Authors used a mouse model in which only human FcγRs are expressed, in a pattern that recapitulates the ones seen in human tissues as accurately as possible despite the inherent limitations and differences in the absolute FcγR expression levels between humans and the FcγR humanized mice. Mice were treated with IgG anti-influenza antibodies which Fc is expressed as a series of variants with selective binding affinity to specific human FcγRs before lethal challenge with influenza virus. Mice treated with IgGs targeting HA (hereafter FY1 ) showed enhanced protection when the Fc is modified to engage the FcγRIIa (GA variant ), alone or in combination with enhanced FcγRIIIa binding (GAALIE variant ). They found that enhancing FcγRIIIa alone does not provide enhanced protection, compared with the wild-type human IgG, and the administration of a FcγRIIa blocking antibody reduce the ability of IgG GA variants of FY1 to protect FcγR humanized mice against lethal influenza challenge. No protection is observed when the Fc is modified to abrogate FcγR binding (GRLR variant) or engineered to engage the inhibitory FcγRIIb (V11 variant ). Quantification of anti-influenza IgG levels in mice serum after infection revealed comparable levels among the different Fc domain variants, indicating that the observed effects could nor be attributed to differential antibody half-lives or in vivo stability. Authors tested engineered IgGs against other viral epitopes with the GA or GAALIE variants, which showed an enhanced protective activity compared with their wild-type IgG counterparts, thus suggesting that the FcγR mechanisms by which anti-influenza IgG confers protection against infection are conserved among antibodies with differential in vitro neutralization potency and epitope specificity.
Engagement of FcγRIIa by Fc-engineered monoclonal antibodies drive dendritic cell maturation and protective CD8+ T cell responses. Bournazos S, et al. Fc-optimized antibodies elicit CD8 immunity to viral respiratory infection. Nature. 2020 Dec;588(7838):485-490. doi: 10.1038/s41586-020-2838-z.
Once they found the key FcγR mediating viral protection, they tried to assess which cells within the immune system used these receptors to exert their action. Depletion of neutrophils, had no effect on the antiviral activity of FY1 GAALIE variant (specific for FcγRIIa/FcγRIIIa binding), suggesting that these cells are unlikely to contribute to the observed FcγRIIa mediated antiviral protection. They studied the effect of FcγRIIa engagement on the functional activity of various dendritic cell (DC) subsets, and found that treatment with the FY1 GA variant before influenza challenge resulted in DC maturation, whereas the same FY1 expressed either as wild-type or with the GRLR variant (that abrogates FcγR binding) did not result in DC maturation.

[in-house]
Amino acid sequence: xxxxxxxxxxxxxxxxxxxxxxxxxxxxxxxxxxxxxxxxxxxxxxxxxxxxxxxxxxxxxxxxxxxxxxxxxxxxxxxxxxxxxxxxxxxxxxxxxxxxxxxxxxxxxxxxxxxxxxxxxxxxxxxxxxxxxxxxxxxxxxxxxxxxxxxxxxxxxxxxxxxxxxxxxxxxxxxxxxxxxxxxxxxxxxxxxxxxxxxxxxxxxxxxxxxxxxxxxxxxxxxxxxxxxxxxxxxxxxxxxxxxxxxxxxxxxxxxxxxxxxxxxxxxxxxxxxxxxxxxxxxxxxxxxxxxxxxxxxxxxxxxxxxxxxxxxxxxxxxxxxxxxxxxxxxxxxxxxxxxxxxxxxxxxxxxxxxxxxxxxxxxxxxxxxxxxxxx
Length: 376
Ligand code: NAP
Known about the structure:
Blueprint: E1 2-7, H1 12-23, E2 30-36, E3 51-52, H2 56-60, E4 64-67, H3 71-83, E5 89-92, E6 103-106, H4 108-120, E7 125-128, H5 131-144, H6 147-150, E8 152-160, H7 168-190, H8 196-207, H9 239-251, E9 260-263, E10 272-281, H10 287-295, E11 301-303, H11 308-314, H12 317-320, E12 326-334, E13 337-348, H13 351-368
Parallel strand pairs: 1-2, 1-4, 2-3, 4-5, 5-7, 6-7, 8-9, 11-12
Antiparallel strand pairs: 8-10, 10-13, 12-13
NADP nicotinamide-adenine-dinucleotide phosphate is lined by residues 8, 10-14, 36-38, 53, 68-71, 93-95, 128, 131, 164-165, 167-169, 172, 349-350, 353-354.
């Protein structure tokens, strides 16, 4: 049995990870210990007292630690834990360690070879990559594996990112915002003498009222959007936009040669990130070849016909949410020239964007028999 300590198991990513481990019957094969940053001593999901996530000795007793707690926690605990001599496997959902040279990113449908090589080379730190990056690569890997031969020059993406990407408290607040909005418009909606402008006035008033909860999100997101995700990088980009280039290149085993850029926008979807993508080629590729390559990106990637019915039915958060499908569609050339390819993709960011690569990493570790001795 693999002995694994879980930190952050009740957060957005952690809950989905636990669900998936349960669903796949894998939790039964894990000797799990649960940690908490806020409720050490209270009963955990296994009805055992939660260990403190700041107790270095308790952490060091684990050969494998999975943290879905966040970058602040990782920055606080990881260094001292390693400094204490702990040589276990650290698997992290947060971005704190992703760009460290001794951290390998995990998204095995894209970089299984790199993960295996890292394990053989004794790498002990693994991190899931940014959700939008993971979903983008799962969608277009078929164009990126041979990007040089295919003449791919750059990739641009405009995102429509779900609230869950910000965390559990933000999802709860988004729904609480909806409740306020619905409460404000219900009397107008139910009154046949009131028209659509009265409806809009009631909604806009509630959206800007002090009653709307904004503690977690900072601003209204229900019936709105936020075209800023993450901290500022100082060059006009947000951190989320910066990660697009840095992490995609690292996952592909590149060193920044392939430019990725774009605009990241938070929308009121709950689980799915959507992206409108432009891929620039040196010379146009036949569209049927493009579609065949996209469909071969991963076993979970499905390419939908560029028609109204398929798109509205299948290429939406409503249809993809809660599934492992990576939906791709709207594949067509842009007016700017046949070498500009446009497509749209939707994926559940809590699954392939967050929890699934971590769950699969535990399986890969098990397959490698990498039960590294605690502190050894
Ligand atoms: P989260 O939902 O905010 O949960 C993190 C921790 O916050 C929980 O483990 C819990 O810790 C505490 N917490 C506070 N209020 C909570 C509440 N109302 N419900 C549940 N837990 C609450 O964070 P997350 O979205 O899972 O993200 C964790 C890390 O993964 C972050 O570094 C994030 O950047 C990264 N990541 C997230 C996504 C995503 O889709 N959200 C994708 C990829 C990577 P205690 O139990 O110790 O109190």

As these results suggest that an antiviral IgG modified to enhance DC maturation by FcγRIIa engagement can induce an adaptive response that results in the induction of protective T cell immunity, authors next characterized the T cell responses in the lungs of FcγR humanized mice treated with the engineered antibodies. GAALIE variant induced increased activation of both CD8+ (cytotoxic) and CD4+ (helper) T cells, whereas neither wild-type IgG nor the GRLR variant showed evidence of robust induction of T cell responses. Furthermore, depletion of CD8+ T cells but not CD4+ T cells resulted in the loss of enhancement of the GA or GAALIE Fc variants, demonstrating that the improved protection is mediated by induction of CD8+ T cells responses.
Evaluation of FY1 GAALIE variants in models of therapy or prevention of influenza infection. In the upper row, % weight and survival were assessed when using the engineered antibodies as a therapy, whereas in the lower row data depicts its use as a prophylactic agent. Bournazos S, et al. Fc-optimized antibodies elicit CD8 immunity to viral respiratory infection. Nature. 2020 Dec;588(7838):485-490. doi: 10.1038/s41586-020-2838-z.
As Fc-engineered variants with increased affinity for FcγRIIa can enhance adaptive T cell responses by activation of FcγRIIa-expressing DCs, it is important to determine whether such variants could also modulate disease pathogenesis through inappropriate amplification of host inflammatory responses that are elicited in response to virus infection. To assess it, authors analyzed the in vivo activity of IgG variants in FcγR-humanized mice with stablished influenza infection. They found that wild-type IgG was unable to rescue mice from lethal influenza infection, while GAALIE variants exhibited a dose-dependent therapeutic benefit. In addition, the stimulation of CD8+ T cell responses had no pathogenic consequences, providing meaningful and robust protection from stablished infection with no adverse effects.
This work paves the way for the application of engineered antibodies to combat viral infections by targeting specific branches of the immune system. Although influenza is one of the most common seasonal viruses that we must fight against, these molecules could be used with other relevant viruses. Furthermore, the knowledge regarding FcγR engagement will be useful for the application of engineered antibodies in the treatment of other relevant diseases.